We’ve had driverless cars for almost a hundred years

Not so new after all.
Not so new after all.
Image: Reuters/ Elijah Nouvelage
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Driverless cars are often presented as a futuristic, science fiction-esque concept. But in fact, they’re old —almost archaic — and first drove along the road almost a century ago. The very first driverless car, known as the “American Wonder,” travelled down New York’s Broadway in 1925. The unmanned vehicle was operated by radio control and attracted excitable crowds and police escorts on motorcycles as it made its journey to Fifth Avenue.

The car, made by the Hulett Motor Car Company, was slightly less impressive than the autonomous vehicles Google is working on today. Its human operator had to remain less than 50 feet away, and controlled the empty car from a second vehicle driving immediately behind. But nevertheless, the invention shows a long history of successful experimentation with driverless cars.

In fact, though the 1925 American Wonder very first driverless car, it was far from the first unmanned vehicle. According to H.R. Everett, author of Unmanned Systems of World Wars I and II, the first unmanned ground vehicle was a radio-controlled tricycle made by Spanish inventor Leonardo Torres-Quevedo in 1904. Then, throughout World War I, militaries used various small, radio-controlled vehicles to deliver and detonate explosives. And a “mystery motor car” drove through New York at 1.4 miles per hour in 1921. This wasn’t really a car, though, Everett explains. It was called a “car” (or a “wagon”) simply because it had four wheels—it looked nothing like a car in the contemporary sense of the word and, at just five feet long, as was not large enough to carry any passengers.

A similar, though slightly larger, vehicle drove through Dayton, Ohio, in 1921, as the QI podcast, No Such Thing As a Fish, recently noted. “Hundreds of people… stopped in amazement,” reported a publication called Electrical World, to watch as the driverless “car” travelled along followed by its operator. “As the car approached street intersections traffic signals were observed, and the horn was blown if some pedestrian or other obstacle got in the way,” notes the article.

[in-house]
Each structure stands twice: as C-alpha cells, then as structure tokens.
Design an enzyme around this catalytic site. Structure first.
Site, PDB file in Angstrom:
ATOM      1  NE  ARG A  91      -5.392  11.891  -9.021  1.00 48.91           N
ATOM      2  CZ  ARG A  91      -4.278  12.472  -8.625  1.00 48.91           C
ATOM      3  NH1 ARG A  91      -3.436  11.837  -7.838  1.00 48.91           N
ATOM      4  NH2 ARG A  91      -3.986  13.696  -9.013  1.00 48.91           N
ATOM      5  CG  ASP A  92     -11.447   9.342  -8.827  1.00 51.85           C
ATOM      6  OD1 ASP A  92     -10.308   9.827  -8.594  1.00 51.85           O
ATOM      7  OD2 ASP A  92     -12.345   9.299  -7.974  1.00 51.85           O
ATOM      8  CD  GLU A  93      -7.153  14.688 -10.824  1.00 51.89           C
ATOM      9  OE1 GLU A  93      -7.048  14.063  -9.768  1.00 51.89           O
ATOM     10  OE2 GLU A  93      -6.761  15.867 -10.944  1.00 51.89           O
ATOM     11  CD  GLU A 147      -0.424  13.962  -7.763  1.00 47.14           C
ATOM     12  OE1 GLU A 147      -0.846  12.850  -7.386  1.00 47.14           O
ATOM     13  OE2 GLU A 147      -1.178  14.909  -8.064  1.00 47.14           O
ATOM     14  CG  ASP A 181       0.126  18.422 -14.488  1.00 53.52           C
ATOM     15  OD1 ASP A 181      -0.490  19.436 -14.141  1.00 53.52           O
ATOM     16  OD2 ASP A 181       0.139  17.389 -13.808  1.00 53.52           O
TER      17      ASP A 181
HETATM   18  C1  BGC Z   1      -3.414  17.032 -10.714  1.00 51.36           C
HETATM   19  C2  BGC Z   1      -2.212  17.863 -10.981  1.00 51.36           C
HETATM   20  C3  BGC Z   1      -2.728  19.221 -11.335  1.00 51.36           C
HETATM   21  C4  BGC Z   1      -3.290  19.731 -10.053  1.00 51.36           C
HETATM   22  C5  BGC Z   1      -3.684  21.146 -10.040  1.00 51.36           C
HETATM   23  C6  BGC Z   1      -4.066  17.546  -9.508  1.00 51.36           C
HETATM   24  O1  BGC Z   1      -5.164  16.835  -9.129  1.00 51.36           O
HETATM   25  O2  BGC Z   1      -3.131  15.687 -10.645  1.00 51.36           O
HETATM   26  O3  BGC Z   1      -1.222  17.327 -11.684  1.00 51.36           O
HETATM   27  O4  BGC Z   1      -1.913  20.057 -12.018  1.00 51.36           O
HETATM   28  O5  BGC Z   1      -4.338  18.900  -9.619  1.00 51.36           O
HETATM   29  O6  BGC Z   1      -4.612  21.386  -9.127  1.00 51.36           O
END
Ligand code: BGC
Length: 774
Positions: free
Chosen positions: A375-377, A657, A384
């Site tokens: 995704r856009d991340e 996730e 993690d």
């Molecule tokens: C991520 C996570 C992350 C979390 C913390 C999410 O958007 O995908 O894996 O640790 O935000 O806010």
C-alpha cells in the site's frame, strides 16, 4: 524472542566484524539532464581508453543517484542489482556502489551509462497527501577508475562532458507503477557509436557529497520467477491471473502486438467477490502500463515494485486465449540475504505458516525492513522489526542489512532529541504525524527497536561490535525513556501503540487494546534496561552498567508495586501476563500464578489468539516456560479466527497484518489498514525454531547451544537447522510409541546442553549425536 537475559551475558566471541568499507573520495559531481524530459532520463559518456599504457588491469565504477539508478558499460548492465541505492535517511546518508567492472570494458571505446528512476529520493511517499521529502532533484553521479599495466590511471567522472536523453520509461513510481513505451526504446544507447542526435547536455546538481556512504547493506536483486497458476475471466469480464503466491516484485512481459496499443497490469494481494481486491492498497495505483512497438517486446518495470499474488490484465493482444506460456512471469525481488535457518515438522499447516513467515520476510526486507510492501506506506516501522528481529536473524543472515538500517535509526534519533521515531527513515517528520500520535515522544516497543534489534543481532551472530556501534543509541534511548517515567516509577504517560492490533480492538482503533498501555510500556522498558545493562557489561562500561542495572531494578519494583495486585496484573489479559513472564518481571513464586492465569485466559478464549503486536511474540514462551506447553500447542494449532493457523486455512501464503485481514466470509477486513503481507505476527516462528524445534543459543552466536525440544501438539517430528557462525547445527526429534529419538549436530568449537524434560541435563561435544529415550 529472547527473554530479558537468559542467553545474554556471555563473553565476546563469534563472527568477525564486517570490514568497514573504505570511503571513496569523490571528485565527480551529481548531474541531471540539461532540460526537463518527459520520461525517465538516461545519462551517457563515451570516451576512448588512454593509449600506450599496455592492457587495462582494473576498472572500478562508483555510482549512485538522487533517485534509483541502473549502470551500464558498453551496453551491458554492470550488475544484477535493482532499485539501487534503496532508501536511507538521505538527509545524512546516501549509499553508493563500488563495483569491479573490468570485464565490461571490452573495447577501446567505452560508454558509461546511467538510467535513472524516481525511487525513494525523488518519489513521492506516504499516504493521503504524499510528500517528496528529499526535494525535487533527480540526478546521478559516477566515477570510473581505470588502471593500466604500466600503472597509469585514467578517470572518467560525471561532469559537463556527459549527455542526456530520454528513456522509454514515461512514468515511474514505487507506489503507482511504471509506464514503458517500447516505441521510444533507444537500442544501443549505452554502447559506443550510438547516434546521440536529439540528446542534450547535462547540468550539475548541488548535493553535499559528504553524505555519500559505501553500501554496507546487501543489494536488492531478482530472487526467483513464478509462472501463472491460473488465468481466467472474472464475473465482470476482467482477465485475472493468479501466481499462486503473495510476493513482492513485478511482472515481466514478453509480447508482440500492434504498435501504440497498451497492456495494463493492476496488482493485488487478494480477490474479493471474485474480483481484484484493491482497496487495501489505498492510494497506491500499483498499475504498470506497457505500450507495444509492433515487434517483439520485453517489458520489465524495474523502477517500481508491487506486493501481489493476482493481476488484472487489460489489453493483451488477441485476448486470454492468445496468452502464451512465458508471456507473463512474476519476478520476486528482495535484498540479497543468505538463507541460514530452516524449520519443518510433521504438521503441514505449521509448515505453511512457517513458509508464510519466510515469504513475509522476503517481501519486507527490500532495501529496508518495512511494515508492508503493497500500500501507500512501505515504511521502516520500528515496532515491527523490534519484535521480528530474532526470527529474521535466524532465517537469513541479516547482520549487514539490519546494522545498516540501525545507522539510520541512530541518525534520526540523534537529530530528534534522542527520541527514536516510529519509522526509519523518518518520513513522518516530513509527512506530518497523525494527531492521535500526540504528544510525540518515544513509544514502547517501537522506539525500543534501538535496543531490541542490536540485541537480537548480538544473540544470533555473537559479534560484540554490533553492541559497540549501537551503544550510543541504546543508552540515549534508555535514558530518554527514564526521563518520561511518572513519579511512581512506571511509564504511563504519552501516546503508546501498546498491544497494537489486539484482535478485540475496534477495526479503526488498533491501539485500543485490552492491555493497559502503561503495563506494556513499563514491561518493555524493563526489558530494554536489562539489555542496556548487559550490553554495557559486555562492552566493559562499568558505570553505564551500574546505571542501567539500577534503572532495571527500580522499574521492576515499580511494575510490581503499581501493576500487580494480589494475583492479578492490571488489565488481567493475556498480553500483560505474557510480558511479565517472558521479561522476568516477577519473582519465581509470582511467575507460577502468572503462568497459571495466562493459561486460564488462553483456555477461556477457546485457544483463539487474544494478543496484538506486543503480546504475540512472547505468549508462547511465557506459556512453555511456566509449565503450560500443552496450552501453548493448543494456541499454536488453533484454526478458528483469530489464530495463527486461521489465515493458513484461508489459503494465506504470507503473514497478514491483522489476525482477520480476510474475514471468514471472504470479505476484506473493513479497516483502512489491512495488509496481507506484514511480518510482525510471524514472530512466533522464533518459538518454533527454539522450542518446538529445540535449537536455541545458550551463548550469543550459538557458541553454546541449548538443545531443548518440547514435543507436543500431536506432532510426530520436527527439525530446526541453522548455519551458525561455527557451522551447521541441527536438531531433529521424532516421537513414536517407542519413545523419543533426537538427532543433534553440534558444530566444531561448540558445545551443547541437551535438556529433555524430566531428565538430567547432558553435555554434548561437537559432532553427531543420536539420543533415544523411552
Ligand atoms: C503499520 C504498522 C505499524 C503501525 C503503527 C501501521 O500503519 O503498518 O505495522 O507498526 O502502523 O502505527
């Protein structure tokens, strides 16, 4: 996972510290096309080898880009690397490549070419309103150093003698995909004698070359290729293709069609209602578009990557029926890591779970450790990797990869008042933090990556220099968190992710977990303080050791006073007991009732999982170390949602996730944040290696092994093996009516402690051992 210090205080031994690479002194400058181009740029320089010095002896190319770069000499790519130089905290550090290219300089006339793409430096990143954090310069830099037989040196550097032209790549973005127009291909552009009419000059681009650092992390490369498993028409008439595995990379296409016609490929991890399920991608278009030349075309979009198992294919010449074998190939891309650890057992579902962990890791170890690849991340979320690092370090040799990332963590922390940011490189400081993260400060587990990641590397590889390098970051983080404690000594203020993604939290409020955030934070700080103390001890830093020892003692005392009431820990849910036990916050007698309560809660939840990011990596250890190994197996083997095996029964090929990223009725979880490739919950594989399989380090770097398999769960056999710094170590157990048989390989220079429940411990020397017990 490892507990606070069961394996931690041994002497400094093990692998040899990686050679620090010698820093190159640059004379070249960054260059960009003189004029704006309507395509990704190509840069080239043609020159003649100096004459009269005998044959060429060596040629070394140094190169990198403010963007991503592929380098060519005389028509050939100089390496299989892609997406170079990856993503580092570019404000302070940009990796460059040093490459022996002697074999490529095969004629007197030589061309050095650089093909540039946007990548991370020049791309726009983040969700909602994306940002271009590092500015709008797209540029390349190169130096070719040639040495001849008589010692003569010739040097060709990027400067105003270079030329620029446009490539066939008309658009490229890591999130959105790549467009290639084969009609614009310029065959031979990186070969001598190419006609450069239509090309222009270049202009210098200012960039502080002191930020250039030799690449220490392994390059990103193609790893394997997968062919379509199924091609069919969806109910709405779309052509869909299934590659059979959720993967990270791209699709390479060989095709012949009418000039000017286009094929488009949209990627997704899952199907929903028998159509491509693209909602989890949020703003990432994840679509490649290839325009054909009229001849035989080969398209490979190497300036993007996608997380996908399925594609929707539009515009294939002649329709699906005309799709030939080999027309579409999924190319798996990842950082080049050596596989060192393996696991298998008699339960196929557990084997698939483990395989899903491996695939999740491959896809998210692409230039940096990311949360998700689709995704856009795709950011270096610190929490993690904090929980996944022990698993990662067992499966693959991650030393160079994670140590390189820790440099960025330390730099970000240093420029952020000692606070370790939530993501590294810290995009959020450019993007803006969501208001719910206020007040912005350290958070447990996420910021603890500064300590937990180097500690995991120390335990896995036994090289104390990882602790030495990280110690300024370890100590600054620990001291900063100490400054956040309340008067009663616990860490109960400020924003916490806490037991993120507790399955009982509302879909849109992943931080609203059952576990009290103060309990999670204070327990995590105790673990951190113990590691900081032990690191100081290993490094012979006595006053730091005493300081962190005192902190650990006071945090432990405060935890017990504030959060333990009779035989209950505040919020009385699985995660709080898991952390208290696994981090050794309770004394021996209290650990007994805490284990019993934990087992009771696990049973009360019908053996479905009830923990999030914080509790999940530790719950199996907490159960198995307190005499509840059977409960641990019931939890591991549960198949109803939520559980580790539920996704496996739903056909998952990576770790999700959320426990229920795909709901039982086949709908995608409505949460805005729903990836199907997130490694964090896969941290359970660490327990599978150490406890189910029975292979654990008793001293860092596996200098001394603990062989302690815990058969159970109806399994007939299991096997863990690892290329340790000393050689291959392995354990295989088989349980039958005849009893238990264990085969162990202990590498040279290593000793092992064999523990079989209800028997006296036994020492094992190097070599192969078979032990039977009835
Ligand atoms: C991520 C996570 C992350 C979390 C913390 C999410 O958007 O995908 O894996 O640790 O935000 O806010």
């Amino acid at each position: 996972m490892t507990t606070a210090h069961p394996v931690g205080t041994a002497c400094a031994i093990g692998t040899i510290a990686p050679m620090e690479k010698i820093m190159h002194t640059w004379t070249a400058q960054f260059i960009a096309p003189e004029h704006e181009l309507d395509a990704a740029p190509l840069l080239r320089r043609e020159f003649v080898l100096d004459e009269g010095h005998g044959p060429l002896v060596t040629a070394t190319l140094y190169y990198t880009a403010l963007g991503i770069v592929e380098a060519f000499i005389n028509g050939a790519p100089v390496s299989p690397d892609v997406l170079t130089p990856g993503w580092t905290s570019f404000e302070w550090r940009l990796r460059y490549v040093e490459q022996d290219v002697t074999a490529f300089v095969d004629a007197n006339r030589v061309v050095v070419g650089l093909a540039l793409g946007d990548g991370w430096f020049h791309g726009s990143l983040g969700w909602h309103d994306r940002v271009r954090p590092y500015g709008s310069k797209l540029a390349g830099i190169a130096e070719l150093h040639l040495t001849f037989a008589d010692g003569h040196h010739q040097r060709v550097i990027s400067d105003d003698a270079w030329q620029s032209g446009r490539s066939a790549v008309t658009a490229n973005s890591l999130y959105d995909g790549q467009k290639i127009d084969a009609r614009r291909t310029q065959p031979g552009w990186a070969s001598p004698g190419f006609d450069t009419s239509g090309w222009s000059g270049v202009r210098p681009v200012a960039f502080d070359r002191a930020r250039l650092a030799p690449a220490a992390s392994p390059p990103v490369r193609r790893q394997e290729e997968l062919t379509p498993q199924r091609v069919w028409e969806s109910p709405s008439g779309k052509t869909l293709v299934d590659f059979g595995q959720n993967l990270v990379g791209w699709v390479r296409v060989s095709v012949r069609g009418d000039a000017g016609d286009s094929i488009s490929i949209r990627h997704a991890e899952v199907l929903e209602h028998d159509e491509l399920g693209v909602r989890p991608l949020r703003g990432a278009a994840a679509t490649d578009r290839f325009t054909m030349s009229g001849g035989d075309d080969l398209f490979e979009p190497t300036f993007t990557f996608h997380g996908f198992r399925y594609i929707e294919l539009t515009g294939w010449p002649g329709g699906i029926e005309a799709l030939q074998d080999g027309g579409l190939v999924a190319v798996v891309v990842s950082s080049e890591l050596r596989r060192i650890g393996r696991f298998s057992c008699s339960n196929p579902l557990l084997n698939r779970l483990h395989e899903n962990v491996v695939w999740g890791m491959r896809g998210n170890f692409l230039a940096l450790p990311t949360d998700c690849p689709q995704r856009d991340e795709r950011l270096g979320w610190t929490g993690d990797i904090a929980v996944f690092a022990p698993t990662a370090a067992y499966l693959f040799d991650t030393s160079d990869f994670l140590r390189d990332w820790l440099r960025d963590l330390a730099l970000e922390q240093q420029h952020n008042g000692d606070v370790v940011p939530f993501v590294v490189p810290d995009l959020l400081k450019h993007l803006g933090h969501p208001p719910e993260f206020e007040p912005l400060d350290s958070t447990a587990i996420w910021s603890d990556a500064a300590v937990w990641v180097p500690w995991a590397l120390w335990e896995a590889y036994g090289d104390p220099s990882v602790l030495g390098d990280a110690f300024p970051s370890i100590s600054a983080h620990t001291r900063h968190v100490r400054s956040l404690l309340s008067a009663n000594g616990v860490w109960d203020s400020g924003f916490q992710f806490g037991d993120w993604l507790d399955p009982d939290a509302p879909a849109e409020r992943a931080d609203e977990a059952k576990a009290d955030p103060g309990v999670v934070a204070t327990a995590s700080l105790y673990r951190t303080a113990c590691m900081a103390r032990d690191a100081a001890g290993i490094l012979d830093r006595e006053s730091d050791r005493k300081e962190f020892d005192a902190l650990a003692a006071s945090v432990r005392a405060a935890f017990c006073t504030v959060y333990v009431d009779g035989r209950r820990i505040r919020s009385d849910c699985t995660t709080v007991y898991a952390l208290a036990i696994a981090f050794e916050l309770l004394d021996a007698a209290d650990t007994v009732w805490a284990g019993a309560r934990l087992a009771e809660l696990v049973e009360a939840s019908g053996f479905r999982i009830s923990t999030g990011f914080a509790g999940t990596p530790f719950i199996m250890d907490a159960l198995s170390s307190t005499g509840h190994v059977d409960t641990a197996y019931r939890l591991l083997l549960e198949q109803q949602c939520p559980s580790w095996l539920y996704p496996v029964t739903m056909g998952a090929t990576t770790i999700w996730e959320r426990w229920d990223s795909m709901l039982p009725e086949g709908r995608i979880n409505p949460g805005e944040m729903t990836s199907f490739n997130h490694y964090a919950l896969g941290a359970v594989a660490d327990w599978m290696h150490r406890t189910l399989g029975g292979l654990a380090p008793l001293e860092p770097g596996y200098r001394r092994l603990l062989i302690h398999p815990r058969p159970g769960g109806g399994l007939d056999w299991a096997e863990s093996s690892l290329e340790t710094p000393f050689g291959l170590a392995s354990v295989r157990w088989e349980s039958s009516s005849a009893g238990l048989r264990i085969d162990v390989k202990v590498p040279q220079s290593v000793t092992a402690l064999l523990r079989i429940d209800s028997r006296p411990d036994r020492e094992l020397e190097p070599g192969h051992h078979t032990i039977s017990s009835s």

The “car” traveling through Dayton, Ohio, in 1921.
The “car” traveling through Dayton, Ohio, in 1921.
Image: Courtesy of MIT Press

At the time, driverless cars were a novelty to test and demonstrate the accuracy of radio control.Though radio controls could be effective at significant distances (the inventor of the Ohio driverless car, Raymond E. Vaughan, claimed that “the controls would be effective at a distance of 50 miles”), the driverless car’s operator always had to be close at hand to spot and respond to obstacles.

“It attracted a lot of interest but there was really no practical application for it,” says Everett. “What good is a radio controlled car that you have to be within 50 feet to control and you have to follow in another car? They knew that at the time, it was just, ‘Hey, this is what we can do now and you can project to the future when you’ll be able to do it better.’”

Though there’s considerable interest in driverless cars today, the history of unmanned vehicles is largely forgotten—it took Everett 10 years to research his book. “A lot of this stuff was only demonstrated locally to a few people in a city,” he says. “Maybe there was a newspaper article, maybe not, but the newspapers were typically only local, so the word didn’t spread like it does today. Eventually people forgot about it.”

And though unmanned radio controlled vehicles were widely used and practical in both world wars, that was a history most people were eager to forget. “After the war, no one really wanted to talk or think about military weapons anymore,” says Everett.

There’s very little technological link between the early driverless cars and the contemporary efforts of Tesla, Google, Uber, and others. The actuators used to turn electrical signals into mechanical actions to control the steering and brake in the driverless cars of the 1920s are an early precedent to those used today. But in general, says Everett, “the research started all over again from a totally different perspective.”

Though the tech for autonomous driverless cars is very different from the radio-controlled vehicles, Everett expects modern creations to have a bumpy early ride, just like the first driverless cars 90-odd years ago. “In the beginning there were a lot of problems, as there always are, with reliability and range, that type of thing,” he says. Contemporary driverless cars will also have to work through their own technological kinks before they can be truly useful.

“The problems they’ll have initially will be fairly significant but ultimately they’ll be overcome,” says Everett. “I think clearly this is the way of the future.”